Close to Home: Five reasons why wildfire victims should accept PG&E’s offer
Over the next six weeks, wildfire victims will vote on whether to accept the $13.5 billion settlement negotiated by their lawyers and PG&E. I lost my home and all my family's possessions in these fires, and I am voting to accept this settlement. Let me explain why I am voting yes.
First, this is one of the largest settlements in history. PG&E is paying more to wildfire victims than victims of Enron were paid, more than victims of Worldcom or the Exxon-Valdez oil spill. This is an unprecedented bankruptcy settlement. In any litigation, $13.5 billion is a large amount of money, and this unrivaled opportunity allows for fire victims to be compensated for their immense losses.
Second, accepting the settlement rebuilds our communities now. Because of the June 30 deadline imposed by the state Legislature in AB 1054, wildfire victims had the unique leverage to insist that PG&E offer a large settlement quickly. If we vote no, wildfire victims will lose that leverage, causing many years of further litigation delay. Dow Corning's bankruptcy lasted nine years before its breast implant victims were partially paid. Enron's took eight years, paying only a small portion of their defrauded victims' losses. Johns-Mansville's took five years before asbestos victims were paid for their losses. If fire victims reject this $13.5 billion settlement, we will be back to square one. That means no money, which means homes and businesses aren't rebuilt. We cannot wait years and years more before we rebuild our communities.
Third, there is no other deal on the table. The bondholders withdrew their offer and, when invited, chose not to participate in the equity financing of the present deal. Likewise, the state declined to buy the company. Instead, Gov. Gavin Newsom came out in support of PG&E's reorganization, asking the federal Bankruptcy Court to approve the plan as presented. In the wake of the coronavirus stock market crash this month, there are no other investors lined up to provide the money. If we reject the current settlement, it will take years to pay wildfire victims.
Fourth, with the old PG&E now dead, the new company will be better positioned to improve safety and deliver electricity to Northern California. The officers and management team of old PG&E were replaced. A new board of directors will soon be in place. Most of PG&E's prior institutional owners were replaced as well. Newsom required the company to replace its board and invest billions in grid hardening technology to prevent future fires. The company cannot pay dividends for the next three years. The state will play a major role in selecting PG&E's new leaders and has the right to insist on objective safety improvements, or PG&E will lose its license.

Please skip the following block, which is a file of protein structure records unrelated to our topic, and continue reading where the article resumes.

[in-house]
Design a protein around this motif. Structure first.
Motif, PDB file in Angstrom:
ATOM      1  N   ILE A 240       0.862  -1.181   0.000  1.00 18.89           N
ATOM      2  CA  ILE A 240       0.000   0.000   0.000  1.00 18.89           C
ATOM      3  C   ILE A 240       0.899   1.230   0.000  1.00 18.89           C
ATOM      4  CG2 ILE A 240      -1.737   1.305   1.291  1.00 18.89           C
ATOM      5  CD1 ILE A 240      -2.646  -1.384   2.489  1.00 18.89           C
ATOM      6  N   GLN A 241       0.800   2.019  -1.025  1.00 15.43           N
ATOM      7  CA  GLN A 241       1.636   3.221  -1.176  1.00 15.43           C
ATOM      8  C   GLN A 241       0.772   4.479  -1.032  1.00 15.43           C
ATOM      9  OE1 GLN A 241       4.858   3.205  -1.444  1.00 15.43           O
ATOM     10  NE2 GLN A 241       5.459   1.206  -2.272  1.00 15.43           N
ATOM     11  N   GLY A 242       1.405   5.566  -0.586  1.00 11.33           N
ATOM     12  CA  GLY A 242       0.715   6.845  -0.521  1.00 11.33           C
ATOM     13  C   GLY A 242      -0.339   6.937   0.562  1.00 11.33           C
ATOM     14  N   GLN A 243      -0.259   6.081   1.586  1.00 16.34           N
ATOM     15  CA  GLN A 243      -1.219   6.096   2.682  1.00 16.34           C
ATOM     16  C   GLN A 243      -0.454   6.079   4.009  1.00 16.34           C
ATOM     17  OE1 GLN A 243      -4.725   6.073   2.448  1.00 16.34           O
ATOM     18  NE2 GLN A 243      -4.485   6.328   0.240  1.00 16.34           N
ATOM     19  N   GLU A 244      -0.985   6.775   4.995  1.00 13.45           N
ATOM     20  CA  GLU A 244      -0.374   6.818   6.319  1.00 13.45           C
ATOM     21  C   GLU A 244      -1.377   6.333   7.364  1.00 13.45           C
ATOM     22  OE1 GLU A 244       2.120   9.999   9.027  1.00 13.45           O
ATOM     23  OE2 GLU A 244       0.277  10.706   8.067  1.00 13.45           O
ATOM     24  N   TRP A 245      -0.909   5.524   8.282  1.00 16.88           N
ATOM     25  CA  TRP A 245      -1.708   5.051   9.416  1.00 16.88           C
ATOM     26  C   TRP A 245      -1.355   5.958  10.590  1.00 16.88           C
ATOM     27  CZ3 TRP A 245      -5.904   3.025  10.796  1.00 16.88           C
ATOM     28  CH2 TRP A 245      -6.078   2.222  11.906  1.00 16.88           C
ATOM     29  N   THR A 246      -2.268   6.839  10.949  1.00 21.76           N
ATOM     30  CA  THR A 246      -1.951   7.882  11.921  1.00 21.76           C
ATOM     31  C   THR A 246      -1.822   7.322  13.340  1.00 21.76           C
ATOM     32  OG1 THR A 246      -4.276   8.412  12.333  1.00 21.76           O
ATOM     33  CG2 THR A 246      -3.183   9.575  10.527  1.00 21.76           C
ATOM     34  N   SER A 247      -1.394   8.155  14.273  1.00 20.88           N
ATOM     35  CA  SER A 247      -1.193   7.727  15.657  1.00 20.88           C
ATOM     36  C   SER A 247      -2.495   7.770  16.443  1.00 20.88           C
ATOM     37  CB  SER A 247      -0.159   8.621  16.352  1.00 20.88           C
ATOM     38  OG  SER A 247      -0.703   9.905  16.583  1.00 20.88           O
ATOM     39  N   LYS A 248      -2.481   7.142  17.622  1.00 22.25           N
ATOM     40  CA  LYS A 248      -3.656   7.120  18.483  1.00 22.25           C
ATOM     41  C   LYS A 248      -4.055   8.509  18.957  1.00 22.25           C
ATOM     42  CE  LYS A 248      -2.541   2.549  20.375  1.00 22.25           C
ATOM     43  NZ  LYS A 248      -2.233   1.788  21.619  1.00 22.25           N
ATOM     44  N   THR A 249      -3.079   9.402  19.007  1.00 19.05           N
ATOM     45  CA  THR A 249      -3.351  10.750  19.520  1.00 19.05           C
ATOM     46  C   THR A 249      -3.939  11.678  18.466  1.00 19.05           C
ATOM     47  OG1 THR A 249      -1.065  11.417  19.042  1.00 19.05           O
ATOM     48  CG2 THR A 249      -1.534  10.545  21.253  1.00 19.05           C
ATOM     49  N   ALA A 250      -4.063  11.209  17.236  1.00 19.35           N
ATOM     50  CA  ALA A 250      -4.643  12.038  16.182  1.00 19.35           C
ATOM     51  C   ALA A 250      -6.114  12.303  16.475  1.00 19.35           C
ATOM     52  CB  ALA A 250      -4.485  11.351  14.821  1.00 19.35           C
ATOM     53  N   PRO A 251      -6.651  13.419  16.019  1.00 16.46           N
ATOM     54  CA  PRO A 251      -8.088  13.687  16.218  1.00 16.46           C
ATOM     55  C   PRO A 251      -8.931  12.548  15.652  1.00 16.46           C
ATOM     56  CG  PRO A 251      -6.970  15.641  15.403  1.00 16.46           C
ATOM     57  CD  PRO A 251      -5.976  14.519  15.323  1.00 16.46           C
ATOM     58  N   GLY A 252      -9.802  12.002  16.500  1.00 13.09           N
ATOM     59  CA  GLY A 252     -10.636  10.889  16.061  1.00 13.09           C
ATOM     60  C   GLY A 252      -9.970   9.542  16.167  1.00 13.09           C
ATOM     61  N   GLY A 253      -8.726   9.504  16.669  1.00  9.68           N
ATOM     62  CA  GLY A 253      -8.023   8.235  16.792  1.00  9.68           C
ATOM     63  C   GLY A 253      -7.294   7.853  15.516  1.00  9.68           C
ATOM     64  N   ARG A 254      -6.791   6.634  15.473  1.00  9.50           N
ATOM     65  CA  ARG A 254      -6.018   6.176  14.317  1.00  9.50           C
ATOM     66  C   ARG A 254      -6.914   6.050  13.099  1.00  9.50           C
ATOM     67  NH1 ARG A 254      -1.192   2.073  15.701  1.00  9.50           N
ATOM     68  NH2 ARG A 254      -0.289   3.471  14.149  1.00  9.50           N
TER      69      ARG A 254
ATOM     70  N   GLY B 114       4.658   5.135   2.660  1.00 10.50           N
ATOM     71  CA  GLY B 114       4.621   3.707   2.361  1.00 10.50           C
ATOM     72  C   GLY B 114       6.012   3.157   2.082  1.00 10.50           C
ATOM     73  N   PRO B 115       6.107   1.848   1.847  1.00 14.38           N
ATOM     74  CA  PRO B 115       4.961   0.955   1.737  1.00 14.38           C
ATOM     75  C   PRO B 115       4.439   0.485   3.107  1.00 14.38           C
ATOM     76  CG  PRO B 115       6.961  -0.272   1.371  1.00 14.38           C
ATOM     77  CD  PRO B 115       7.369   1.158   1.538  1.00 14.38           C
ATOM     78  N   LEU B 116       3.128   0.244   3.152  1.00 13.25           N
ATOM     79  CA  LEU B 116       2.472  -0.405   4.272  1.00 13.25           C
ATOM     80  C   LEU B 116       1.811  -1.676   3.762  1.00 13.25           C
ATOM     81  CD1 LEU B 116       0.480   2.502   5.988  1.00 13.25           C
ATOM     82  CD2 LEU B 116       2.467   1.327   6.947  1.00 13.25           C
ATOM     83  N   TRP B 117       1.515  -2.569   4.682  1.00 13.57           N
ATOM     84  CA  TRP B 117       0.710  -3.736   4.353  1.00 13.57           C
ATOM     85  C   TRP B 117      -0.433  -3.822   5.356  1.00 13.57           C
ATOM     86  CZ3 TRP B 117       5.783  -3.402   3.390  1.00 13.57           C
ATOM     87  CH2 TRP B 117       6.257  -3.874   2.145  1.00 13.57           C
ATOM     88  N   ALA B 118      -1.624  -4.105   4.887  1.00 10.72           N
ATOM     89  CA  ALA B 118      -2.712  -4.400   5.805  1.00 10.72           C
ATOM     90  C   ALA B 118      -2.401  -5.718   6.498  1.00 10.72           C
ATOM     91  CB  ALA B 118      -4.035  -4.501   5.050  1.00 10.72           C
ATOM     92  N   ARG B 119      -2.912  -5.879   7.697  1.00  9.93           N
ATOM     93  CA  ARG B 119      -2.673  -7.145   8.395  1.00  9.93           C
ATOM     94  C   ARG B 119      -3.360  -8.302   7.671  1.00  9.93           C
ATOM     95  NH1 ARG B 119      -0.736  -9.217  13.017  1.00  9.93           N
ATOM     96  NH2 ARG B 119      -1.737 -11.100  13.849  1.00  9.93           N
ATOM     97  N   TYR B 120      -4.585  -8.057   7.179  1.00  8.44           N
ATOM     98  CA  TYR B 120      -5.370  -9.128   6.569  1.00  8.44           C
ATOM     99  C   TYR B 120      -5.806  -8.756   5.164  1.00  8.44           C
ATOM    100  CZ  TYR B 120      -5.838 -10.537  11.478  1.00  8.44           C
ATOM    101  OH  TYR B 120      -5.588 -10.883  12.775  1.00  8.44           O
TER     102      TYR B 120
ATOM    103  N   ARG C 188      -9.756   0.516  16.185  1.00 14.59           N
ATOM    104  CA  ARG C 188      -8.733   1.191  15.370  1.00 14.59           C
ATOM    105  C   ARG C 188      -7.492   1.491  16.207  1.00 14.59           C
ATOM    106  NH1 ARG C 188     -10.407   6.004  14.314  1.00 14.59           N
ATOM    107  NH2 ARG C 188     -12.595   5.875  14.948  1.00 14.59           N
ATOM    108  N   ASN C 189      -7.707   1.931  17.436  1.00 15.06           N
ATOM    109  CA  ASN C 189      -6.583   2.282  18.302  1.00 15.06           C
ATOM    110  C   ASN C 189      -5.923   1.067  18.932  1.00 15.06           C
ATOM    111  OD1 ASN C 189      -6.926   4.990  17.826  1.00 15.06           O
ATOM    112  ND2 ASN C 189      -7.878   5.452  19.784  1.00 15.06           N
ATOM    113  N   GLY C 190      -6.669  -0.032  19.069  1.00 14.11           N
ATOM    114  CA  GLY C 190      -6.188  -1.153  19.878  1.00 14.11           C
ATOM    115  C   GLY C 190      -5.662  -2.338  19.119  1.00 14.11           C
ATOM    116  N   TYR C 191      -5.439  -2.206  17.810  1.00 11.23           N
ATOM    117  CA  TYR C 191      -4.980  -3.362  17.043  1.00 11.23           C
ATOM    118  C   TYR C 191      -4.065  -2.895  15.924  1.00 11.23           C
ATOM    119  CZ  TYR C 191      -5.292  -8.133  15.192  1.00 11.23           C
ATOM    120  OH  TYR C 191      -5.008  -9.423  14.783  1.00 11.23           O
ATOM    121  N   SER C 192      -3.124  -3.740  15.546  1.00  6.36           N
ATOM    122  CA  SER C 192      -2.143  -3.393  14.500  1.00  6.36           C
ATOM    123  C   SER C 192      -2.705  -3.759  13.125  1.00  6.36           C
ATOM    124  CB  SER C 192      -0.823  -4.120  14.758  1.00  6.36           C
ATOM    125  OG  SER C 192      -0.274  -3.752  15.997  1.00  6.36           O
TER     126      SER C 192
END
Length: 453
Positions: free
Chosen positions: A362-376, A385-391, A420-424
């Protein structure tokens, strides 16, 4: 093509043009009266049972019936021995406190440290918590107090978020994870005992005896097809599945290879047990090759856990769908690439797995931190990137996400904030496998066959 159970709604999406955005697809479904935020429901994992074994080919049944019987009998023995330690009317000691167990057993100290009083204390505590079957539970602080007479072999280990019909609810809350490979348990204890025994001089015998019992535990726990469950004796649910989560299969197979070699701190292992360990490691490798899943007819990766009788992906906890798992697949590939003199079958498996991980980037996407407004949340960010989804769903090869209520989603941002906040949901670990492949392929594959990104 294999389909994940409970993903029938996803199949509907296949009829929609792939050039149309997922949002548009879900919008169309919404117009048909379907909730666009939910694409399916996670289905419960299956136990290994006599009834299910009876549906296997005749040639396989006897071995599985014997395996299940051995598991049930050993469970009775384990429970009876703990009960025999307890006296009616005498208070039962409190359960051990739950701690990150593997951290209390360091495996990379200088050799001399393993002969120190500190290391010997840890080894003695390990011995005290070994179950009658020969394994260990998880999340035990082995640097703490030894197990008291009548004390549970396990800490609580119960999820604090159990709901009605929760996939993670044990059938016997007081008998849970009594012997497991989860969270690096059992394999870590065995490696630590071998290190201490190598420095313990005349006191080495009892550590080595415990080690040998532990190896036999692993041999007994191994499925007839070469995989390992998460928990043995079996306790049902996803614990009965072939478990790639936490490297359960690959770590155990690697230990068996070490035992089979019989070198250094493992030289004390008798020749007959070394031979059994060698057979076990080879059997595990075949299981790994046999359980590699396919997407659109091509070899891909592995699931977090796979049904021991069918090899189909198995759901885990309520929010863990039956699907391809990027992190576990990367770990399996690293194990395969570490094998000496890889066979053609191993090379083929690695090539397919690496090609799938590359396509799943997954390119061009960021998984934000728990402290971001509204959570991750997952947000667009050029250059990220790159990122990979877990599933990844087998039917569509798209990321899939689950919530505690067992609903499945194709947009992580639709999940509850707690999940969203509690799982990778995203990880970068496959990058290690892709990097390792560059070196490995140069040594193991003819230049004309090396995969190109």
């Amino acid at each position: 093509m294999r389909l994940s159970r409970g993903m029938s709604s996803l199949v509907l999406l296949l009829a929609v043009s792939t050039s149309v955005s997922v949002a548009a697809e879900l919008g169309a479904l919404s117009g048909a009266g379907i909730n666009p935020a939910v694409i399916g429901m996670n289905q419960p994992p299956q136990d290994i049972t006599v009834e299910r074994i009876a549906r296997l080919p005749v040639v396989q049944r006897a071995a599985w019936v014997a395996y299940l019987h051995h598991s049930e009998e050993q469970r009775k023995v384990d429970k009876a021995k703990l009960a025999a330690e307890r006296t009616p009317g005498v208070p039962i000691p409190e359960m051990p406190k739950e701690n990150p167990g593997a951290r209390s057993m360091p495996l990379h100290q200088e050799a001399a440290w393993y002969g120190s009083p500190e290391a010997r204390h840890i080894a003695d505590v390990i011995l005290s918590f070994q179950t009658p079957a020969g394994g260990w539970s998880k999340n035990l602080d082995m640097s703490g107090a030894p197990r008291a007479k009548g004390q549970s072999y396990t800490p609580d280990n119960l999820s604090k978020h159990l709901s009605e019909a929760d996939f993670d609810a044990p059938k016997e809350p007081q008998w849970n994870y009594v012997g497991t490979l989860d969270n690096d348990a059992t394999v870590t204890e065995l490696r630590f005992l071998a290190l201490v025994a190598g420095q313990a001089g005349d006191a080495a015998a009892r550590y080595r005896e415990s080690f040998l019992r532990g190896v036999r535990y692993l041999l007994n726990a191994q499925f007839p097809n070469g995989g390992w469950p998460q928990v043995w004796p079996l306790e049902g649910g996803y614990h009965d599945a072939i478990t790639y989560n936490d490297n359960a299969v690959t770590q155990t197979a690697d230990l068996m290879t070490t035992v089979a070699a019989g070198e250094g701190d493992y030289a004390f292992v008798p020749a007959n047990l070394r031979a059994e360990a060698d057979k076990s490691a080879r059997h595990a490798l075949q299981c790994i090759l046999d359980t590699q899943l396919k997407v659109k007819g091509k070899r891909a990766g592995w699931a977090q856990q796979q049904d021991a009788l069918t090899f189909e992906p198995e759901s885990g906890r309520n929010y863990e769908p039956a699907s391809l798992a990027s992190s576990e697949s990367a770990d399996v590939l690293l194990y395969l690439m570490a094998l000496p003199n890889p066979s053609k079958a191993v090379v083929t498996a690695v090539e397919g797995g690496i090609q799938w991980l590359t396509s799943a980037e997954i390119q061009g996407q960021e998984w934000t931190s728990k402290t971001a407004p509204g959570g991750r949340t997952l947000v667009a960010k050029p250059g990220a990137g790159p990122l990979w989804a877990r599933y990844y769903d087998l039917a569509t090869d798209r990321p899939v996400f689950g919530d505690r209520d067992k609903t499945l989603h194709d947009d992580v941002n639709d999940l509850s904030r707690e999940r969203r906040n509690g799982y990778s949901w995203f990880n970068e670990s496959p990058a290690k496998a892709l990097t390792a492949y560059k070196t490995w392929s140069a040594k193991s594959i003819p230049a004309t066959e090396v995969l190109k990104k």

Fifth, no one is required to accept stock in the company. The $13.5 billion amount is to be paid one-half in cash and one-half in stock. PG&E's obligations are backed by $12 billion in financial backstop commitments from more than 70 of the largest financial institutions in the United States. This backstop amounts to an insurance policy to help protect fire victims and ensure payments. Because the company is in bankruptcy with limited access to capital, fire victims also required that the owners of PG&E give up a percentage of their ownership of the company. The Fire Victims Trust is set to receive equity of PG&E, which will be sold off to create further cash to compensate victims. No one is required to take stock in the company, but given the company sells a product that will always be in demand, some clients may choose to keep stock as part of their settlement. Each client has that choice.
In summary, wildfire victims should vote yes and accept the settlement available to us.
Roy Miller of Santa Rosa is a partner in the Hansen & Miller Law Firm.
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